- Cape student sues, accuses school officials of slamming her to ground multiple times (04/28/16)46
- Bob Evans restaurant in Cape Girardeau among chain's 21 closings (04/26/16)9
- Missouri House votes to allow concealed weapons without permits (04/28/16)8
- Police report filed, but no charges in incident at Cape Central (04/29/16)40
- Two hurt in motorcycle wreck on Interstate 55 (04/25/16)1
- Senator introduces bill for I-57 that would connect Sikeston with Little Rock (04/28/16)4
- Law firm requests information about Cape's traffic cameras (04/25/16)3
- Local lawmakers split over failed medical marijuana bill; voters may have a say (04/26/16)19
- Local company makes eco-friendly kitty litter that cuts cat-box smell (04/25/16)
- Man accused of pointing BB gun at Chaffee resident (04/26/16)2
State not doing business with indicted firm
The Associated Press
JEFFERSON CITY, Mo. -- A construction company indicted on charges of bid-rigging can no longer bid for Missouri projects, state transportation officials said Friday.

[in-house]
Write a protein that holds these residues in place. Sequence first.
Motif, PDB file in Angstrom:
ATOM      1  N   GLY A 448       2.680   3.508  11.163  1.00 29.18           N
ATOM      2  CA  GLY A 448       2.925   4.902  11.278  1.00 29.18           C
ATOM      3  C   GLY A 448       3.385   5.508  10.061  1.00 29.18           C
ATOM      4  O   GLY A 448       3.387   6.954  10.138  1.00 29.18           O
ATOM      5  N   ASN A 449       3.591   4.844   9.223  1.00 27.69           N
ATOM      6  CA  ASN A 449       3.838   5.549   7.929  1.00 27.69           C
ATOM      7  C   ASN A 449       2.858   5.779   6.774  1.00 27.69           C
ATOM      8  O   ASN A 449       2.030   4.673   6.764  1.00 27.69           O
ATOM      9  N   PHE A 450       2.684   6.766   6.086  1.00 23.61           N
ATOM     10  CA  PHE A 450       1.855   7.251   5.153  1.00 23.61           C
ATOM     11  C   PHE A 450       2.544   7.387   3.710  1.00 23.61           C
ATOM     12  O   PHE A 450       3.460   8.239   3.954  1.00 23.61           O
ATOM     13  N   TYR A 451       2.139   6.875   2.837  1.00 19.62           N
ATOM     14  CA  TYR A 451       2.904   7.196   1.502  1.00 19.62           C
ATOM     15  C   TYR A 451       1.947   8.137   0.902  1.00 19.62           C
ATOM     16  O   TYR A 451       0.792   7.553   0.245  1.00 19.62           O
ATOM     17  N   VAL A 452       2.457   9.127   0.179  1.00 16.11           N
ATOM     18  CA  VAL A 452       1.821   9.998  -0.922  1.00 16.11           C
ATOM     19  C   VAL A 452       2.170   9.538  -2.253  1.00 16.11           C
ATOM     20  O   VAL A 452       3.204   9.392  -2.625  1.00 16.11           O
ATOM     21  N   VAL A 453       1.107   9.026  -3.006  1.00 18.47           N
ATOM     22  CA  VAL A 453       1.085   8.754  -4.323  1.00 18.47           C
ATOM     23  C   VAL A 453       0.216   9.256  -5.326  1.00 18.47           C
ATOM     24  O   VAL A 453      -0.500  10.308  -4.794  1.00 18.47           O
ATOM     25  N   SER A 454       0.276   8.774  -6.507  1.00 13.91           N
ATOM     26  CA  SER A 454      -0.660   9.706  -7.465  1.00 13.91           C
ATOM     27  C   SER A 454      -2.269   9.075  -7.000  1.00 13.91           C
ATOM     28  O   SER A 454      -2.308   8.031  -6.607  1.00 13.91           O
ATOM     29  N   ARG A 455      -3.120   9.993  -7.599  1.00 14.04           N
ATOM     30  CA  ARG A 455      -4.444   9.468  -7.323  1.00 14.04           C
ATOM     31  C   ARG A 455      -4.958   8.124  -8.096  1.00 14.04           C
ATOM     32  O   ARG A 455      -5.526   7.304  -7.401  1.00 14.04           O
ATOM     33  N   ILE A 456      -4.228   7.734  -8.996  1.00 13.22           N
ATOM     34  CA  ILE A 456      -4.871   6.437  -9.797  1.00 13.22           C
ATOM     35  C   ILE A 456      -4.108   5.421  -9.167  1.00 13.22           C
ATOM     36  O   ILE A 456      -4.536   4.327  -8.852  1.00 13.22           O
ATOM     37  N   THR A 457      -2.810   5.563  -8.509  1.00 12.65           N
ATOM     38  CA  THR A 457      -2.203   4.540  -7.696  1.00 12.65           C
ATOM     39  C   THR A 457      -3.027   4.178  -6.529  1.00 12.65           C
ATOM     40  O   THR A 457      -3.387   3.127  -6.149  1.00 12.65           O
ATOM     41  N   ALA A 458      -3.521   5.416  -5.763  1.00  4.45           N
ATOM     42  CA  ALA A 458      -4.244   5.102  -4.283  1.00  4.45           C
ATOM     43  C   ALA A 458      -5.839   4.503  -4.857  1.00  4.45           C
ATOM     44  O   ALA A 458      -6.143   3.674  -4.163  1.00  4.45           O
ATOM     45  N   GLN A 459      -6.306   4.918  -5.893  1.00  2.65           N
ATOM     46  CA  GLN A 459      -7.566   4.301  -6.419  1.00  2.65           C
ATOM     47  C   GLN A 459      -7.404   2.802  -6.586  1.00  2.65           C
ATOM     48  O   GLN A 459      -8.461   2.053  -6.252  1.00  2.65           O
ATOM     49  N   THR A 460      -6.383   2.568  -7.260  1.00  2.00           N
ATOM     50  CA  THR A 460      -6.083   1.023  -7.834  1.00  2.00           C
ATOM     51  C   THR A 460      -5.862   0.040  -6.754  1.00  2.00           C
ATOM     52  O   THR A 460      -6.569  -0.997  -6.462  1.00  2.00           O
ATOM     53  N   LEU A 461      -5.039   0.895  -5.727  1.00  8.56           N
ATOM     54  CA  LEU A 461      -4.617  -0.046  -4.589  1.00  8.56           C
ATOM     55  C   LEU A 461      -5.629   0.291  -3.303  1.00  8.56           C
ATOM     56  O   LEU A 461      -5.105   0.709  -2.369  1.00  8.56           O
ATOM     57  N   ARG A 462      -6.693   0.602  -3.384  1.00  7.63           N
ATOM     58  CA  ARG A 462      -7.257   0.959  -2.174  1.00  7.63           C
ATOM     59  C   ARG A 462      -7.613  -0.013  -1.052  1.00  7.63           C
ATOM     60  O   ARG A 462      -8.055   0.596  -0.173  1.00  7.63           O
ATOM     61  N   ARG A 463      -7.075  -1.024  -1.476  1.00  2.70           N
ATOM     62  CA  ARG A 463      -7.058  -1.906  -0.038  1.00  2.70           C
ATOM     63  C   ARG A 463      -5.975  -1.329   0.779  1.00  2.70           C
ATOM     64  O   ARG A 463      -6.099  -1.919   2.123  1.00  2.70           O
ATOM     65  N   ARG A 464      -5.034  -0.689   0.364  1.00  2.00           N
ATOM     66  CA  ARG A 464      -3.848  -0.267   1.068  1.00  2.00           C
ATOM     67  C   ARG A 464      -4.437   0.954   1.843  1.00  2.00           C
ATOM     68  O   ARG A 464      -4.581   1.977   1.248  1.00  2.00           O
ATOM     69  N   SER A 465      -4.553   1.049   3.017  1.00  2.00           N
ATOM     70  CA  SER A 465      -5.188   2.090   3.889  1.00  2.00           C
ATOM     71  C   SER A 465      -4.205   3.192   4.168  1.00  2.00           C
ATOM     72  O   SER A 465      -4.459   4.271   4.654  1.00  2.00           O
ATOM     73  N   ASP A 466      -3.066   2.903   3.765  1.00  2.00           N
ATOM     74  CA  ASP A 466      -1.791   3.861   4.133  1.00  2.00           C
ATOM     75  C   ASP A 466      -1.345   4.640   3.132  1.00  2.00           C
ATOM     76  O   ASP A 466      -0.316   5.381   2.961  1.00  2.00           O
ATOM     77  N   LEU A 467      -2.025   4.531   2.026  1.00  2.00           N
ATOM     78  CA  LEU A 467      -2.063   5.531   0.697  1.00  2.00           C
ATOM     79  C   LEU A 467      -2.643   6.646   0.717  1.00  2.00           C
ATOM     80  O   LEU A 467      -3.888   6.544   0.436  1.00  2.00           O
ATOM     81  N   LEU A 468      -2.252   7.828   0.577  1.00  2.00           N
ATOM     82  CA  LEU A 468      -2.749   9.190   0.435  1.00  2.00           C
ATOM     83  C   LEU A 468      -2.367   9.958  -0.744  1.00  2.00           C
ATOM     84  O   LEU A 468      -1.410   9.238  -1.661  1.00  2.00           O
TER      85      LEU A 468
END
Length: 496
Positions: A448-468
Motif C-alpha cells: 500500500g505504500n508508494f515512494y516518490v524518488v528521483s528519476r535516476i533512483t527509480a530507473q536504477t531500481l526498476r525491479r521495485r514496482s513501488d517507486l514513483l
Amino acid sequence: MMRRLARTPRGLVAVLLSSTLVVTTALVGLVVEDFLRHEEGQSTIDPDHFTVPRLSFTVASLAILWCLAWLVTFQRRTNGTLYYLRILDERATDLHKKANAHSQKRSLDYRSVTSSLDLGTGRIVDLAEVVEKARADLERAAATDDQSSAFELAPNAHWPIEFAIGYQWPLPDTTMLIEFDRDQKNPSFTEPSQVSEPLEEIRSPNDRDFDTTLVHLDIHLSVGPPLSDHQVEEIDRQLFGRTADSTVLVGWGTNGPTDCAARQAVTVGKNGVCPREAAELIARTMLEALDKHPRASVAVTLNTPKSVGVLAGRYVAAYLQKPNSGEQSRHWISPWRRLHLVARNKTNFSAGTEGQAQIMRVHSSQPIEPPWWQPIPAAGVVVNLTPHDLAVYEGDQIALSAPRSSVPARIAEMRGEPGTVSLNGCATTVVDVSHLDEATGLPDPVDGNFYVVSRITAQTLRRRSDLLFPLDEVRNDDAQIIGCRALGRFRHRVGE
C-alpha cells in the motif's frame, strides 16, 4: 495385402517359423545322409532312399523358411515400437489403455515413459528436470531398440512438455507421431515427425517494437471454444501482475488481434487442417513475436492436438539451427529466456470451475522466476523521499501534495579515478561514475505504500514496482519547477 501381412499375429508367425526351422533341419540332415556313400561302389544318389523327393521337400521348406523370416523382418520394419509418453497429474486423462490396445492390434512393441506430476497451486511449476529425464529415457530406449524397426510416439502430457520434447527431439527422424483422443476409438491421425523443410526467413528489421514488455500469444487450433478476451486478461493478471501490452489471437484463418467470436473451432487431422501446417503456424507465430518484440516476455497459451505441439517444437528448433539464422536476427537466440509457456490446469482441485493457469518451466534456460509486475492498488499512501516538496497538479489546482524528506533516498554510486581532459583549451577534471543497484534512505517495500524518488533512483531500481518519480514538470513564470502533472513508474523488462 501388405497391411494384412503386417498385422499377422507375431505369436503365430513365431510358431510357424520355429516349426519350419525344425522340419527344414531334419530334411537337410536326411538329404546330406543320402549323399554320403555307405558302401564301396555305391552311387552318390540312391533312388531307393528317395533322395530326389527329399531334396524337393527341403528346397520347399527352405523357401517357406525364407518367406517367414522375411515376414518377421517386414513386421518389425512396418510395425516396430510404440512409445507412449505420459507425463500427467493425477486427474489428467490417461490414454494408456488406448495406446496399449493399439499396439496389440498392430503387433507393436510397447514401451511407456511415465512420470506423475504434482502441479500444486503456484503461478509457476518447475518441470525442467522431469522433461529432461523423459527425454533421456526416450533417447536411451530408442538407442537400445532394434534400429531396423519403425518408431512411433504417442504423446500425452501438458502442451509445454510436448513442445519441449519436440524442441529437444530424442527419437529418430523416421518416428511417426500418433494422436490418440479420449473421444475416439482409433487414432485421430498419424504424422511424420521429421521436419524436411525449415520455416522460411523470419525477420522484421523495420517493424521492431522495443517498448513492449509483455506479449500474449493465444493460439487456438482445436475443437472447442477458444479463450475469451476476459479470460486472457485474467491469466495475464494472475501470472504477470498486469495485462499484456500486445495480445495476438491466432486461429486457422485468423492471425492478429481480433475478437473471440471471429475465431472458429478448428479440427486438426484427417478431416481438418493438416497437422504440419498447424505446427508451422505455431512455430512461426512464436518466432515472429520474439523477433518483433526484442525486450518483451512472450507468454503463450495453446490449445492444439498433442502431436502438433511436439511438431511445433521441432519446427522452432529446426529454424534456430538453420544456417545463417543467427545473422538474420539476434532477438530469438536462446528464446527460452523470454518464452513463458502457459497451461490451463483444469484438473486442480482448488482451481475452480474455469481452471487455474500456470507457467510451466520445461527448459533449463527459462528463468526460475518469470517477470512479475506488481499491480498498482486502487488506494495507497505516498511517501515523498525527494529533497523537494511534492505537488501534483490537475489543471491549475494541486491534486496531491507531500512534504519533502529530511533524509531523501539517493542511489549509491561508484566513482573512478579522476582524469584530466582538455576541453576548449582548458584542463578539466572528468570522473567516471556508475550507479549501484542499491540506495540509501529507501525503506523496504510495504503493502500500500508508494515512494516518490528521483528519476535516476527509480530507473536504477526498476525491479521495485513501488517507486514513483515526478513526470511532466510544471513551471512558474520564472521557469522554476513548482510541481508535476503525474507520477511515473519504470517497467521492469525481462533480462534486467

Federal prosecutors indicted APAC-Missouri Inc. and vice president Donald G. Mantle last week on a charge of conspiracy in restraint of trade. The company has won more than $300 million worth of work with the state Department of Transportation in the past few years, much of it still underway.
APAC-Missouri is a subsidiary of Ashland Inc., which is based in Kentucky. An Ashland spokeswoman said the company had no comment.
Missouri Department of Transportation spokesman Jeff Briggs said Friday the agency has decided not to allow APAC to bid on any more work, but it will continue with projects that are already under way.
"We suspended APAC-Missouri from bidding on jobs that are currently being considered or future jobs," he said.
He said the move was made on the advice of local Federal Highway Administration officials and would be reviewed when the federal case is resolved.
Officials in the federal office's Missouri division did not return a call seeking comment.
The commission decided later Friday that the four other bids it received for the Hollister project were too costly, so the project will be rebid.
APAC-Missouri is accused of conspiring with another construction company, which submitted a higher bid for a highway project in exchange for a $2.9 million subcontract from APAC-Missouri after that company won the bid.
APAC-Missouri faces a maximum fine of $10 million and Mantle, who was responsible for the company's bidding decisions, faces up to three years in prison and a fine of up to $350,000 if convicted.